Overweight in adolescents: a possible association between sleep quality and eating behavior according to sex

Introduction: Obesity is a multifactorial disease affecting adolescent sleep quality and binge eating. Objective: to analyze adolescents’ sleep quality and possible binge eating according to sex and nutritional status. Methods: 108 adolescents (n = 51 male and n = 57 female) aged between 10 to 18 years were recruited. Body composition was assessed by bioelectrical impedance, in which the following variables were collected: body weight, body fat percentage, and resting metabolic rate. The Z-score was calculated and classified by height and weight as eutrophic and overweight. Subsequently, the adolescents answered the Brazilian version of the Pittsburgh Sleep Quality Index (PSQI) questionnaire and the binge eating - Periodic Eating Compulsion Scale (BES) questionnaire to assess possible periodic eating compulsion. Results: In the anthropometric analysis, male adolescents showed greater height (p<0.0001), body weight (p<0.05), resting metabolic rate (p<0.0001), total body water (p<0.0001), lean mass (p<0.0001), fat-free mass (p<0.0001) and skeletal muscle mass (p= 0.01) compared to female adolescents. However, female adolescents had a higher body fat percentage when compared to male adolescents (p= 0.01). In addition, overweight adolescents of both sexes had higher BES scores compared to eutrophic ones (p<0.05), with higher scores for females compared to males (p<0.05). However, no differences were observed between overweight and eutrophic individuals of both sexes for PQSI (p>0.05). Conclusion: Binge eating was identified in both sexes and may be related to poor sleep quality.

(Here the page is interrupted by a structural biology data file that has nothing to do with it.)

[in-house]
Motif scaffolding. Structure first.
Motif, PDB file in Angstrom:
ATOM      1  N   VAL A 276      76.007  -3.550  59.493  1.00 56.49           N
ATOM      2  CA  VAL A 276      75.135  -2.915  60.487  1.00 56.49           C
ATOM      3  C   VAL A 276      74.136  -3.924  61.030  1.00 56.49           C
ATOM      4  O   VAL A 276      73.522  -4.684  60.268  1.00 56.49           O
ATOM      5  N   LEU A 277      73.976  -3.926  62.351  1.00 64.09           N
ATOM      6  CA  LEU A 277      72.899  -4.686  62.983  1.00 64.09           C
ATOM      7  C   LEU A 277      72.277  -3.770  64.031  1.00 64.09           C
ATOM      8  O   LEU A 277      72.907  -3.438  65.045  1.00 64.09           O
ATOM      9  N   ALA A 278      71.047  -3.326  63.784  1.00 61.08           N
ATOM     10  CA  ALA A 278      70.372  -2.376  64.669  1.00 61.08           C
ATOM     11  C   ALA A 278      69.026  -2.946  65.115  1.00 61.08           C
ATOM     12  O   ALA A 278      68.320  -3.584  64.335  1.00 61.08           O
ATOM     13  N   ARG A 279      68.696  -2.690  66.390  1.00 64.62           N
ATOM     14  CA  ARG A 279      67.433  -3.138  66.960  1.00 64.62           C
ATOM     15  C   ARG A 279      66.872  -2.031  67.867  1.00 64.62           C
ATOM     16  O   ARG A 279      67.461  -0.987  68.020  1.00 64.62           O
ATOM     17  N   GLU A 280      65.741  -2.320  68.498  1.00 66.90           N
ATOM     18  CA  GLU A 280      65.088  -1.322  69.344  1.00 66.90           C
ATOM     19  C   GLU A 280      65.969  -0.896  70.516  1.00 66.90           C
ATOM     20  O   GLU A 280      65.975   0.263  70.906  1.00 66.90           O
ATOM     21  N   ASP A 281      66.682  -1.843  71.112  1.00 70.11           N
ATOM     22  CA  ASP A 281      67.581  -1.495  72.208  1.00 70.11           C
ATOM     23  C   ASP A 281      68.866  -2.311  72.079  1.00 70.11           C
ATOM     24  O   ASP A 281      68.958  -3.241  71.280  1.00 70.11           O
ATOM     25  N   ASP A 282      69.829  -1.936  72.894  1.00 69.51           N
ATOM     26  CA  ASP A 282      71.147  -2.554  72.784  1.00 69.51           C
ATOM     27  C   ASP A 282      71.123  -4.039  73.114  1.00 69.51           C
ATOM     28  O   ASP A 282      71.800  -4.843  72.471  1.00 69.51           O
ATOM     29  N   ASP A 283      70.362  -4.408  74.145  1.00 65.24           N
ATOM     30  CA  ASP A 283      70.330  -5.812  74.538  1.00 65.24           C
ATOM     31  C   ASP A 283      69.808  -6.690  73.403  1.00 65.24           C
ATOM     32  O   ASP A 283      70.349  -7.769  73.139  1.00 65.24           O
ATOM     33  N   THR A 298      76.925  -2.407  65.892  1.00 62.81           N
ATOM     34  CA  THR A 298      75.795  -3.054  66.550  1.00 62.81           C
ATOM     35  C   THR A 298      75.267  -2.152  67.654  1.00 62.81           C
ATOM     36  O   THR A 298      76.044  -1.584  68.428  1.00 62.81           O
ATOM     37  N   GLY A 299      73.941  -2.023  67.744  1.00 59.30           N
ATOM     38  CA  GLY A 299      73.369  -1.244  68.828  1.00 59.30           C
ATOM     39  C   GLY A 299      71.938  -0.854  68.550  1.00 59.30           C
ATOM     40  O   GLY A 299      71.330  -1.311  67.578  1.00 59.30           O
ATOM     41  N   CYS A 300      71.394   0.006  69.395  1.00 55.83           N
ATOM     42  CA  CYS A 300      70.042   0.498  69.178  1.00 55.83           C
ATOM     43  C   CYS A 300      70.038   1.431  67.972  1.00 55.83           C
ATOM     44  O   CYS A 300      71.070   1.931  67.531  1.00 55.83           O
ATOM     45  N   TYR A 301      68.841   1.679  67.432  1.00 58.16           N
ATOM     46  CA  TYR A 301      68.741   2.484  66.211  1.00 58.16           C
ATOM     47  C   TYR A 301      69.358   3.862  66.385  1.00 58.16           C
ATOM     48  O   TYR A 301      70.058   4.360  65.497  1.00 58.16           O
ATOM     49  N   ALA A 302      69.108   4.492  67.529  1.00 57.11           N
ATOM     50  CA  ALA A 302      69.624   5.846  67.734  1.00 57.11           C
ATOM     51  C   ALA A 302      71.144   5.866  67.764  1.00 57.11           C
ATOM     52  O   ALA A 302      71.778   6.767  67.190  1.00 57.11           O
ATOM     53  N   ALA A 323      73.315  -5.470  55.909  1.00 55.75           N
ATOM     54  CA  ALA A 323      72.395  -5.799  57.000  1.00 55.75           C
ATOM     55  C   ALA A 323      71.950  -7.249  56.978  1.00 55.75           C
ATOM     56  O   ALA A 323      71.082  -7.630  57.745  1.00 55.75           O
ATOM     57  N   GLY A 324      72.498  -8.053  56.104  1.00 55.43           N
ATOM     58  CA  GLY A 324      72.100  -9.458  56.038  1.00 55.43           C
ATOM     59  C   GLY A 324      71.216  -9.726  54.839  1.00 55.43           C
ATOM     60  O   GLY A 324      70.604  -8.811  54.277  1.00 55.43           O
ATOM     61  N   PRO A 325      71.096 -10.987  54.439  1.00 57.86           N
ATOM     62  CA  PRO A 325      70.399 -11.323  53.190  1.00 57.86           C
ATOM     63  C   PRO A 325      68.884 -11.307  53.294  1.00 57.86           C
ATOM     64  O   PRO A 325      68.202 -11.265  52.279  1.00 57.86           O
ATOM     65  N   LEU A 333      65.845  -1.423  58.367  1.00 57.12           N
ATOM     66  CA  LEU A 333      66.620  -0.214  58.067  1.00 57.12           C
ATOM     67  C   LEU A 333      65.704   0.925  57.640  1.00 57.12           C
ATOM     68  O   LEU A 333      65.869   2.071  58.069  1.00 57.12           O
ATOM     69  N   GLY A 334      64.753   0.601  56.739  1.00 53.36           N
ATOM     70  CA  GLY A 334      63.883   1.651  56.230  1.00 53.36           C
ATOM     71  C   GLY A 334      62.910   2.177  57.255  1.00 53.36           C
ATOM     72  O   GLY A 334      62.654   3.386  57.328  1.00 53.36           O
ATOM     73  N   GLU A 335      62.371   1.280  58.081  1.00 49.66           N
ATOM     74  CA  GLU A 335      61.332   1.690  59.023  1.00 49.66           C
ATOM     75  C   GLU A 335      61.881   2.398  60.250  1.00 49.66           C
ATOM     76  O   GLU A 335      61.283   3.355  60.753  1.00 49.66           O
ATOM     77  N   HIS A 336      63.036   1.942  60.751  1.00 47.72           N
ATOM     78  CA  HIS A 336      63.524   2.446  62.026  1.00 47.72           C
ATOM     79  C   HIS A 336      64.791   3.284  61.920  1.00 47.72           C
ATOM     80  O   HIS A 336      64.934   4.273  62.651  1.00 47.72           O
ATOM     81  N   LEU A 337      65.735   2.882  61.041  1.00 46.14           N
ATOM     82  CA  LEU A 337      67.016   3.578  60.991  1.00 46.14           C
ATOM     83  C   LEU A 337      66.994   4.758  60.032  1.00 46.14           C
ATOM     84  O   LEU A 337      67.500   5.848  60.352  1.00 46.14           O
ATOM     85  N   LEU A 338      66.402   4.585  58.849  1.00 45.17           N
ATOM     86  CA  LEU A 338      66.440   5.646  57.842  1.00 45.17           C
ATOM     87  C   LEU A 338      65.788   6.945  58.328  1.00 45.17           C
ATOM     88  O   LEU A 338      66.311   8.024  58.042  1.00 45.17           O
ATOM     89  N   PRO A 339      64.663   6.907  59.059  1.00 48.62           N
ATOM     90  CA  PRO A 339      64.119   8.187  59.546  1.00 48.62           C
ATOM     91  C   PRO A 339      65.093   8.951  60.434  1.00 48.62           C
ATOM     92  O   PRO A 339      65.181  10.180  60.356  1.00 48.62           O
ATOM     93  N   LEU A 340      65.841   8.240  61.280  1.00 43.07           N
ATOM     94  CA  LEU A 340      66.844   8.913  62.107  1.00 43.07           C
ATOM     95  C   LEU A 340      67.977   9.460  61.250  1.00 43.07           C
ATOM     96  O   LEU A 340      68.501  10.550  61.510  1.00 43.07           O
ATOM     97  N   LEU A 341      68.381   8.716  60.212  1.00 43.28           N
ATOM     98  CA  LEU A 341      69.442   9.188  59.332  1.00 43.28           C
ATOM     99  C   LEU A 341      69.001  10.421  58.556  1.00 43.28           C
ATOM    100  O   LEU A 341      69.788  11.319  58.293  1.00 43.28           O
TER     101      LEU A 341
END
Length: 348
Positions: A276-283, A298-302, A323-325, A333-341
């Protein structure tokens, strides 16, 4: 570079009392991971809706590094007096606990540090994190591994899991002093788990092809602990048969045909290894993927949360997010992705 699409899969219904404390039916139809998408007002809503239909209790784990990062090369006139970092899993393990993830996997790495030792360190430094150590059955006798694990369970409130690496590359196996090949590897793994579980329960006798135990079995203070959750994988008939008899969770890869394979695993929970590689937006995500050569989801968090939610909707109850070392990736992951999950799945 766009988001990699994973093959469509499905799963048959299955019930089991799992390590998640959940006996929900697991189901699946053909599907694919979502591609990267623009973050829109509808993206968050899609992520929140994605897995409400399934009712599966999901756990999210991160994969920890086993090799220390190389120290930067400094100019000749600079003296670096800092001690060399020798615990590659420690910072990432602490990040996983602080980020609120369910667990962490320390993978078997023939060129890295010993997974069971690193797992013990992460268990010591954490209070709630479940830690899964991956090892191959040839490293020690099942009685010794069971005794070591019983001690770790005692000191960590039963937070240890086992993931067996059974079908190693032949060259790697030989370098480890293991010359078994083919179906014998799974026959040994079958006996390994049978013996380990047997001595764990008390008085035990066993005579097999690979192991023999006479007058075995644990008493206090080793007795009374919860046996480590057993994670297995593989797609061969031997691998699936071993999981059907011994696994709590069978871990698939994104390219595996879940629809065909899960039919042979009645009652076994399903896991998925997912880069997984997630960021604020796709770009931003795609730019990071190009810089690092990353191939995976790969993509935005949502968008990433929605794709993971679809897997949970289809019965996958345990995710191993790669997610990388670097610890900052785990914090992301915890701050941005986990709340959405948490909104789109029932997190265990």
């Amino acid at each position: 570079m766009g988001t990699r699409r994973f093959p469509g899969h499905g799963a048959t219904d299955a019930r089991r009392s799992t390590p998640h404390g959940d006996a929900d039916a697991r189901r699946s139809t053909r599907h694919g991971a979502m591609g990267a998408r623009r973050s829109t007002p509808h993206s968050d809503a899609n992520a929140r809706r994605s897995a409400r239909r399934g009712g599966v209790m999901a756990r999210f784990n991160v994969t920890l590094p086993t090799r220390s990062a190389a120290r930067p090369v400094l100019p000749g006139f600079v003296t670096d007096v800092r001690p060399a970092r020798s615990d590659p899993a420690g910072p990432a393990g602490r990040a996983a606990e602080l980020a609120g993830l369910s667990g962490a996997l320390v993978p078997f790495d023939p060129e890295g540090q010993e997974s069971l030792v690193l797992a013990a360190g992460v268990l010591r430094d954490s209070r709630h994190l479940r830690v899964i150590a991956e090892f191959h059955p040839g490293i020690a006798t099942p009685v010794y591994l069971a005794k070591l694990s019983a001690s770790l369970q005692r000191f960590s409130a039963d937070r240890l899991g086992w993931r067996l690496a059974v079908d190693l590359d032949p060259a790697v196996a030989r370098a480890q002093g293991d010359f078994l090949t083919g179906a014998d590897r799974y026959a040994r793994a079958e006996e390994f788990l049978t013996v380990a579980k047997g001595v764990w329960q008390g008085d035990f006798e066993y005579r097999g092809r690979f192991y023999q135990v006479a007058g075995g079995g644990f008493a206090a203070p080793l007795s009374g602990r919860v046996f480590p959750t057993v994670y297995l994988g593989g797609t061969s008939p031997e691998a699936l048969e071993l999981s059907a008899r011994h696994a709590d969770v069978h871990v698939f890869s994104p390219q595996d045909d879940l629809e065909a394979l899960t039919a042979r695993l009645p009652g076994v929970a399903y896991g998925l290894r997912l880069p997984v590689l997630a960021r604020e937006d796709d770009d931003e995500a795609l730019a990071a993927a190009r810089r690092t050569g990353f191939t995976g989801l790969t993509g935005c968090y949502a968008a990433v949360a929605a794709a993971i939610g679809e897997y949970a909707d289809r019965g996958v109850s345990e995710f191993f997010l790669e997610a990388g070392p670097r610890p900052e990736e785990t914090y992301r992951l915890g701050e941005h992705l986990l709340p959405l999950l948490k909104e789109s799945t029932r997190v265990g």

Youth, Eating habits, Sleep quality, Obesity